In those days John the Baptist appeared in the wilderness of Judea, proclaiming, 2 “Repent, for the kingdom of heaven has come near.” 3 This is the one of whom the prophet Isaiah spoke when he said, “The voice of one crying out in the wilderness: “Prepare the way of the Lord, make his paths straight.’ ” 4 Now John wore clothing of camel’s hair with a leather belt around his waist, and his food was locusts and wild honey. 5 Then the people of Jerusalem and all Judea were going out to him, and all the region along the Jordan, 6 and they were baptized by him in the river Jordan, confessing their sins. 7 But when he saw many Pharisees and Sadducees coming for baptism, he said to them, “You brood of vipers! Who warned you to flee from the wrath to come? 8 Bear fruit worthy of repentance. 9 Do not presume to say to yourselves, “We have Abraham as our ancestor’; for I tell you, God is able from these stones to raise up children to Abraham. 10 Even now the ax is lying at the root of the trees; every tree therefore that does not bear good fruit is cut down and thrown into the fire. 11 “I baptize you with water for repentance, but one who is more powerful than I is coming after me; I am not worthy to carry his sandals. He will baptize you with the Holy Spirit and fire. 12 His winnowing fork is in his hand, and he will clear his threshing floor and will gather his wheat into the granary; but the chaff he will burn with unquenchable fire.”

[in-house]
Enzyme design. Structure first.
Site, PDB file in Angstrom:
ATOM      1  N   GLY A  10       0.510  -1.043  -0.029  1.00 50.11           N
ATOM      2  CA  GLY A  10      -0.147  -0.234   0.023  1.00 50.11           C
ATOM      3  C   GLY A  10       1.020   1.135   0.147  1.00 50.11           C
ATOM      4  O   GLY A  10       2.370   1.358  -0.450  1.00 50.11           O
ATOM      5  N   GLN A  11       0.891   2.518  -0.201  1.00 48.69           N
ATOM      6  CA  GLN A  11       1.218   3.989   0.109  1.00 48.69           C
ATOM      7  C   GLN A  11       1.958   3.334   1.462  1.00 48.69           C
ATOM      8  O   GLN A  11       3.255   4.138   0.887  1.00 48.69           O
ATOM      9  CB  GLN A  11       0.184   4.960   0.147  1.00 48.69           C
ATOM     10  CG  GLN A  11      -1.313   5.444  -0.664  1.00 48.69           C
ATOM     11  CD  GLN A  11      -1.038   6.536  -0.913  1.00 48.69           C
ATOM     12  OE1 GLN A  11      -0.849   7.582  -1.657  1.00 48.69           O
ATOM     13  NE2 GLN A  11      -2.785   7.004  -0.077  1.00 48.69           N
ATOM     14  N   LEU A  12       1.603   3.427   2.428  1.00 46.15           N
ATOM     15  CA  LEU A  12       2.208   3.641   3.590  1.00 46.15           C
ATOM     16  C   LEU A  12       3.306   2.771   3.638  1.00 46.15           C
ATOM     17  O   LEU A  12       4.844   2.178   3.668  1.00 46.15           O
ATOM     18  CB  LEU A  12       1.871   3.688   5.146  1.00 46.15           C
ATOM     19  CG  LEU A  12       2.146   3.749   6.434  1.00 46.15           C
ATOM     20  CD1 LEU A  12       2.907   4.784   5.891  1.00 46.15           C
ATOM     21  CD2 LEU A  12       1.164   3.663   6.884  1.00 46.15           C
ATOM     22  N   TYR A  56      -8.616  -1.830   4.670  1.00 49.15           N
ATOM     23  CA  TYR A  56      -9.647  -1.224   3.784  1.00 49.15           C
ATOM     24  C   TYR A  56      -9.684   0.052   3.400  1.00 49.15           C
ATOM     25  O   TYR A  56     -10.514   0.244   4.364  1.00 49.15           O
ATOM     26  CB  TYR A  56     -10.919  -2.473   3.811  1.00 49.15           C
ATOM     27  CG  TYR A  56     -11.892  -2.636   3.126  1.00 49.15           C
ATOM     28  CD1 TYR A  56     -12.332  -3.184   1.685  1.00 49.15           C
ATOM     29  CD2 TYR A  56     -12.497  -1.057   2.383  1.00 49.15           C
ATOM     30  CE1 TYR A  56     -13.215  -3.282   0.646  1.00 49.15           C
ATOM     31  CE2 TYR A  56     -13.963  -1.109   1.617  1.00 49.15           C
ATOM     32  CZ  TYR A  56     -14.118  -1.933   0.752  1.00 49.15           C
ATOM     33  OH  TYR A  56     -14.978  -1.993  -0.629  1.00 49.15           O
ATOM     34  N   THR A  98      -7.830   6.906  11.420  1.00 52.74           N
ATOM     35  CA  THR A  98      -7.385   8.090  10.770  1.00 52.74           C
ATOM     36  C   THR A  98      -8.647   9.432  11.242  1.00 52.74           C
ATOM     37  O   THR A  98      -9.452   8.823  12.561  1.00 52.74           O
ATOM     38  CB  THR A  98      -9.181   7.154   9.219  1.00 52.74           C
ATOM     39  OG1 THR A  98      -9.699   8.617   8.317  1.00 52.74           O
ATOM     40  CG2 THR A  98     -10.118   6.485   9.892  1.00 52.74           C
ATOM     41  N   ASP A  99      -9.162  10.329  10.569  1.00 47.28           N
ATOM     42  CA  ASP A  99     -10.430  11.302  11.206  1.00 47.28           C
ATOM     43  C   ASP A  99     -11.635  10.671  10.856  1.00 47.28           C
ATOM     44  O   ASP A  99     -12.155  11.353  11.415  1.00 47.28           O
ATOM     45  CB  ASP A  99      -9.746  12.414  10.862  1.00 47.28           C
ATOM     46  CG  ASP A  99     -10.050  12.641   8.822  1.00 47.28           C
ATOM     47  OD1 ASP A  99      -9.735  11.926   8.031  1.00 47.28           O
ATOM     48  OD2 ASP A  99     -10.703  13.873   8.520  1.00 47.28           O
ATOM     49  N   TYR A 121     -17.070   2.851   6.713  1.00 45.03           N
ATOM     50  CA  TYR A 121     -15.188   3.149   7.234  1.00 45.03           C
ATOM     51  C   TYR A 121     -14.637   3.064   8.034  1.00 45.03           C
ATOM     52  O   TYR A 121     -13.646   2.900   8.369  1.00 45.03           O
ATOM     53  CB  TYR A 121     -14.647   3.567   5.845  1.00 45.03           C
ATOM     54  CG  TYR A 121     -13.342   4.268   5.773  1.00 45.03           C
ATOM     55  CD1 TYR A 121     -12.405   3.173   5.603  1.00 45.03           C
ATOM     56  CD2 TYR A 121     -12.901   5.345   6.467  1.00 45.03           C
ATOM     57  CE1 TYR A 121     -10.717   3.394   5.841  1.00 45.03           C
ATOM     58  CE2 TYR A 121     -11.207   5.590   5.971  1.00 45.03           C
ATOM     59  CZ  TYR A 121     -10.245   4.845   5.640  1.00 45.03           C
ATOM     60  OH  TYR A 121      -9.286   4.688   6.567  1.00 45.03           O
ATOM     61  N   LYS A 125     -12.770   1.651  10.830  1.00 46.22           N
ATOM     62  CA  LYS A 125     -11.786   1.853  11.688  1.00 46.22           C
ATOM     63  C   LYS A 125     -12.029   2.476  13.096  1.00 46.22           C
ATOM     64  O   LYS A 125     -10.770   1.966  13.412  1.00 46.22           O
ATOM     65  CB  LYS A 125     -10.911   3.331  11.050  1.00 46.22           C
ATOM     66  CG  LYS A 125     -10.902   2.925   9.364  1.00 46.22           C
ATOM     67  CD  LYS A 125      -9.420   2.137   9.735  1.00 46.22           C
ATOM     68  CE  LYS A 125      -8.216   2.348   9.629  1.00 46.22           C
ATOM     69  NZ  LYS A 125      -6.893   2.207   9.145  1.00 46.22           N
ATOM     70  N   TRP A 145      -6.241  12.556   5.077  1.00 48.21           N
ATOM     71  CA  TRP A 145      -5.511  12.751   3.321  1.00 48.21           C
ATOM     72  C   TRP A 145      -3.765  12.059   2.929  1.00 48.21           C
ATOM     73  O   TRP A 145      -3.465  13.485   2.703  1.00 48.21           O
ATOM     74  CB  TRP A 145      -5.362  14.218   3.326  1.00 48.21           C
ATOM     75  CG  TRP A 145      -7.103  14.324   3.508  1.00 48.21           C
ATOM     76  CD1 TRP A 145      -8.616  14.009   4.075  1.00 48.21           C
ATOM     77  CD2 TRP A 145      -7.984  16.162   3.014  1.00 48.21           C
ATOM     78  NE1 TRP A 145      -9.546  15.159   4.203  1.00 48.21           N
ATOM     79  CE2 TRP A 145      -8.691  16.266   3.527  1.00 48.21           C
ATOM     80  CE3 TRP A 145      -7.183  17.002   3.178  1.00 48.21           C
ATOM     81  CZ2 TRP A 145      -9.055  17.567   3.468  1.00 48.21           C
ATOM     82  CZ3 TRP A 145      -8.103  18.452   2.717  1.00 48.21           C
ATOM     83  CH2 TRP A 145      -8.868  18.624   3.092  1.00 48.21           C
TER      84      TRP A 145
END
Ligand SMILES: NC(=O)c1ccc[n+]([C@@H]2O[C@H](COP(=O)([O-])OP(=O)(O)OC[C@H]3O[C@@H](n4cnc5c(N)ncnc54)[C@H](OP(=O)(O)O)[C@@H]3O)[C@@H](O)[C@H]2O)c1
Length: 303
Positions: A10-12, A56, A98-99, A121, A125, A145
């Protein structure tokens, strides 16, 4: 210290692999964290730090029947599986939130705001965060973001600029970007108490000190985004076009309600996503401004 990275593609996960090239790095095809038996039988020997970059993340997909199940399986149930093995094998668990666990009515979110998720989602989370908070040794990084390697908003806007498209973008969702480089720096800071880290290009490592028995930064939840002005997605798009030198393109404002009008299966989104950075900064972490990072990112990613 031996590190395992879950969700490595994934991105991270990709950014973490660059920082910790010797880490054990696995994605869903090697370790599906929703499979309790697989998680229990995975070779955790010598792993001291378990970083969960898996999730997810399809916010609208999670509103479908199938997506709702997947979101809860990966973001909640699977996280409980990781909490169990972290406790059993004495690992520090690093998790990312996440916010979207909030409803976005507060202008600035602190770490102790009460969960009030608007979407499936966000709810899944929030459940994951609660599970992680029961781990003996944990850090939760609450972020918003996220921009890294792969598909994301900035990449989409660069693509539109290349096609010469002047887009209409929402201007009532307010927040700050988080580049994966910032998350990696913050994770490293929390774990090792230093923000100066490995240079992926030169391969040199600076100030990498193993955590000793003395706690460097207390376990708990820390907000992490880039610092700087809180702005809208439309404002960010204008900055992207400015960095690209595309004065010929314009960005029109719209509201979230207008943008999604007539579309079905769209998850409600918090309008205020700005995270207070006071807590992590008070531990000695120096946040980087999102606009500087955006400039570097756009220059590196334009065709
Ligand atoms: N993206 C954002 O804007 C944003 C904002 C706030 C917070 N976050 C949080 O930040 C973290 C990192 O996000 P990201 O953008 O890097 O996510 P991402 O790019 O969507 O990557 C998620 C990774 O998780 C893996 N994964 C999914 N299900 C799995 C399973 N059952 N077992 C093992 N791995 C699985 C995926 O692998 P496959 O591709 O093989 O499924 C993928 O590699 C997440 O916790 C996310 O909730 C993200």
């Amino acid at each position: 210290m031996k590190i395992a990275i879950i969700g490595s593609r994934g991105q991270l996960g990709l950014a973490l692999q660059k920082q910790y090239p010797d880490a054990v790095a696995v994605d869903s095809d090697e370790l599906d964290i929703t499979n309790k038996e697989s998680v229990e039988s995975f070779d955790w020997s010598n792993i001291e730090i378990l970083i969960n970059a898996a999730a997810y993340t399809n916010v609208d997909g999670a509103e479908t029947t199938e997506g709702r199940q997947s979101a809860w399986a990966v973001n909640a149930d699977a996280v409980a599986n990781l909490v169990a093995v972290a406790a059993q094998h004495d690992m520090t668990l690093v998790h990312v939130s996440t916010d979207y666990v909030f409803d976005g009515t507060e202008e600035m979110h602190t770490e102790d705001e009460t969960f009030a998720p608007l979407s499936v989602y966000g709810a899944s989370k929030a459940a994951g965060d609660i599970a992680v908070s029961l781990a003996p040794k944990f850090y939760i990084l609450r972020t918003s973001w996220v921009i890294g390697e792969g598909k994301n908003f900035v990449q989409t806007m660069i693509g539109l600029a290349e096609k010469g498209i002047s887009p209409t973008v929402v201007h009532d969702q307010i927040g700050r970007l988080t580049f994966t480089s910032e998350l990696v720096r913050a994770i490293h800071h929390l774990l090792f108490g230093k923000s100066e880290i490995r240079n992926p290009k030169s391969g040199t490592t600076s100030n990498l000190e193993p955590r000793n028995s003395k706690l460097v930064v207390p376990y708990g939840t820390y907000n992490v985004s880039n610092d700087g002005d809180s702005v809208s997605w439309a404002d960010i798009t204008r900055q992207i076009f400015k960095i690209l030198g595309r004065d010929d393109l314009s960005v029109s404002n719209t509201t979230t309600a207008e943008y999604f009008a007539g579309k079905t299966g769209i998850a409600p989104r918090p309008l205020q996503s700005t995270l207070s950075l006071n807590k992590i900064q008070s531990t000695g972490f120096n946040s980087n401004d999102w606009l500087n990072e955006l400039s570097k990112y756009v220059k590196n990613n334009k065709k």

Scripture quotations are from the New Revised Standard Version Bible, copyright 1989, Division of Christian Education of the National Council of the Churches of Christ in the United States of America. Used by permission. All rights reserved.

In Advent, we as the church take time to ponder what God is about to do to make the world new. We get ready to join God in whatever that is. We know that God has already come into the world in the person of Jesus, and even as we prepare to celebrate his birth at Christmas, we also prepare to join whatever it is that God is getting ready to do now.

We know that whatever God does it will definitely involve the things of God: love and grace and peace and compassion. It will also involve people revealing those aspects of God in the world as they commit to living in love and grace and peace and compassion. This is Advent—watching for God and preparing to join God in the world.